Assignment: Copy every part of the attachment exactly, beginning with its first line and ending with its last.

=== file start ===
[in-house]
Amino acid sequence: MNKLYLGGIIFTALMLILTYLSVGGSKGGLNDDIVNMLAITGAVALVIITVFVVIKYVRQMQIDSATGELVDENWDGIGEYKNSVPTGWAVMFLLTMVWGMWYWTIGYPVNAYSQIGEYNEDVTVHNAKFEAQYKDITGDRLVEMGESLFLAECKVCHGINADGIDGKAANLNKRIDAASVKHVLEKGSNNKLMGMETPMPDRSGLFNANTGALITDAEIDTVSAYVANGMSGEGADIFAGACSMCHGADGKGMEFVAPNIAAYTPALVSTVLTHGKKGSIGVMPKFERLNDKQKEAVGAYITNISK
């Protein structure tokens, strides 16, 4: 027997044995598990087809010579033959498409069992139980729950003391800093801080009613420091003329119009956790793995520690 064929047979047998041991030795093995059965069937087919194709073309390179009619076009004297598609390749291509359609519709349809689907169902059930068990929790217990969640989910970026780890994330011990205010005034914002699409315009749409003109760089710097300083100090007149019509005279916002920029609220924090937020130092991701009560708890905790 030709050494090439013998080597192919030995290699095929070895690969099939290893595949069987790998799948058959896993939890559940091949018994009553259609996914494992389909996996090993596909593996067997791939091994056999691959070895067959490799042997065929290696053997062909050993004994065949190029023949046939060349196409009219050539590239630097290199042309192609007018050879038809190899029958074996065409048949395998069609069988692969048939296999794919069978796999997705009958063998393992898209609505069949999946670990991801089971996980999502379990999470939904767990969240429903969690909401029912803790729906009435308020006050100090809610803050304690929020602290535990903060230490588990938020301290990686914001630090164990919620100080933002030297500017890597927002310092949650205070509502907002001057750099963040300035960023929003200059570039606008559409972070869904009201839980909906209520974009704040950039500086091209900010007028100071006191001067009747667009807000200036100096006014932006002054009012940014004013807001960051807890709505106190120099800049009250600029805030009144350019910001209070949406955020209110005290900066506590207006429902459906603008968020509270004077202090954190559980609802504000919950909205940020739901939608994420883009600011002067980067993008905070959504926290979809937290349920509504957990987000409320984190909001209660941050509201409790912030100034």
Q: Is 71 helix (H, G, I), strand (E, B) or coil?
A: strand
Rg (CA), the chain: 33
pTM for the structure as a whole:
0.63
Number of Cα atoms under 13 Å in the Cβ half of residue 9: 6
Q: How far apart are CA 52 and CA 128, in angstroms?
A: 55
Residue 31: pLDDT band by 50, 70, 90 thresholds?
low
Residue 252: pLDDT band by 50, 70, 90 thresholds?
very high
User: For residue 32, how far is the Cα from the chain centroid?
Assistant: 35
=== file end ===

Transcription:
[in-house]
Amino acid sequence: MNKLYLGGIIFTALMLILTYLSVGGSKGGLNDDIVNMLAITGAVALVIITVFVVIKYVRQMQIDSATGELVDENWDGIGEYKNSVPTGWAVMFLLTMVWGMWYWTIGYPVNAYSQIGEYNEDVTVHNAKFEAQYKDITGDRLVEMGESLFLAECKVCHGINADGIDGKAANLNKRIDAASVKHVLEKGSNNKLMGMETPMPDRSGLFNANTGALITDAEIDTVSAYVANGMSGEGADIFAGACSMCHGADGKGMEFVAPNIAAYTPALVSTVLTHGKKGSIGVMPKFERLNDKQKEAVGAYITNISK
């Protein structure tokens, strides 16, 4: 027997044995598990087809010579033959498409069992139980729950003391800093801080009613420091003329119009956790793995520690 064929047979047998041991030795093995059965069937087919194709073309390179009619076009004297598609390749291509359609519709349809689907169902059930068990929790217990969640989910970026780890994330011990205010005034914002699409315009749409003109760089710097300083100090007149019509005279916002920029609220924090937020130092991701009560708890905790 030709050494090439013998080597192919030995290699095929070895690969099939290893595949069987790998799948058959896993939890559940091949018994009553259609996914494992389909996996090993596909593996067997791939091994056999691959070895067959490799042997065929290696053997062909050993004994065949190029023949046939060349196409009219050539590239630097290199042309192609007018050879038809190899029958074996065409048949395998069609069988692969048939296999794919069978796999997705009958063998393992898209609505069949999946670990991801089971996980999502379990999470939904767990969240429903969690909401029912803790729906009435308020006050100090809610803050304690929020602290535990903060230490588990938020301290990686914001630090164990919620100080933002030297500017890597927002310092949650205070509502907002001057750099963040300035960023929003200059570039606008559409972070869904009201839980909906209520974009704040950039500086091209900010007028100071006191001067009747667009807000200036100096006014932006002054009012940014004013807001960051807890709505106190120099800049009250600029805030009144350019910001209070949406955020209110005290900066506590207006429902459906603008968020509270004077202090954190559980609802504000919950909205940020739901939608994420883009600011002067980067993008905070959504926290979809937290349920509504957990987000409320984190909001209660941050509201409790912030100034």
Q: Is 71 helix (H, G, I), strand (E, B) or coil?
A: strand
Rg (CA), the chain: 33
pTM for the structure as a whole:
0.63
Number of Cα atoms under 13 Å in the Cβ half of residue 9: 6
Q: How far apart are CA 52 and CA 128, in angstroms?
A: 55
Residue 31: pLDDT band by 50, 70, 90 thresholds?
low
Residue 252: pLDDT band by 50, 70, 90 thresholds?
very high
User: For residue 32, how far is the Cα from the chain centroid?
Assistant: 35